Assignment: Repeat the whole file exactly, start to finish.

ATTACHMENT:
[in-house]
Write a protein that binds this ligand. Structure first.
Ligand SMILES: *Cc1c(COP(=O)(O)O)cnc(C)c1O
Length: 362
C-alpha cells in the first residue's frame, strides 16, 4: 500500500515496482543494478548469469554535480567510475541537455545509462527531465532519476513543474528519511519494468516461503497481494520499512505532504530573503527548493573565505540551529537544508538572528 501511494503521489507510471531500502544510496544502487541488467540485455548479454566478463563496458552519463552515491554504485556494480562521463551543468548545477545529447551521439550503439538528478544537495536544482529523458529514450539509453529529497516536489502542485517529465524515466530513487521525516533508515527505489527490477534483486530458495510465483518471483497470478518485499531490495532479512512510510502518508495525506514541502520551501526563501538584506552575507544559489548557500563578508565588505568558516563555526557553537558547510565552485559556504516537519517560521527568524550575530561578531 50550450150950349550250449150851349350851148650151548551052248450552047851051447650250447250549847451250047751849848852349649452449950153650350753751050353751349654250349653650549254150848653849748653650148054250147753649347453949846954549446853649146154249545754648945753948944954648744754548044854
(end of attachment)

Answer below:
[in-house]
Write a protein that binds this ligand. Structure first.
Ligand SMILES: *Cc1c(COP(=O)(O)O)cnc(C)c1O
Length: 362
C-alpha cells in the first residue's frame, strides 16, 4: 500500500515496482543494478548469469554535480567510475541537455545509462527531465532519476513543474528519511519494468516461503497481494520499512505532504530573503527548493573565505540551529537544508538572528 501511494503521489507510471531500502544510496544502487541488467540485455548479454566478463563496458552519463552515491554504485556494480562521463551543468548545477545529447551521439550503439538528478544537495536544482529523458529514450539509453529529497516536489502542485517529465524515466530513487521525516533508515527505489527490477534483486530458495510465483518471483497470478518485499531490495532479512512510510502518508495525506514541502520551501526563501538584506552575507544559489548557500563578508565588505568558516563555526557553537558547510565552485559556504516537519517560521527568524550575530561578531 50550450150950349550250449150851349350851148650151548551052248450552047851051447650250447250549847451250047751849848852349649452449950153650350753751050353751349654250349653650549254150848653849748653650148054250147753649347453949846954549446853649146154249545754648945753948944954648744754548044854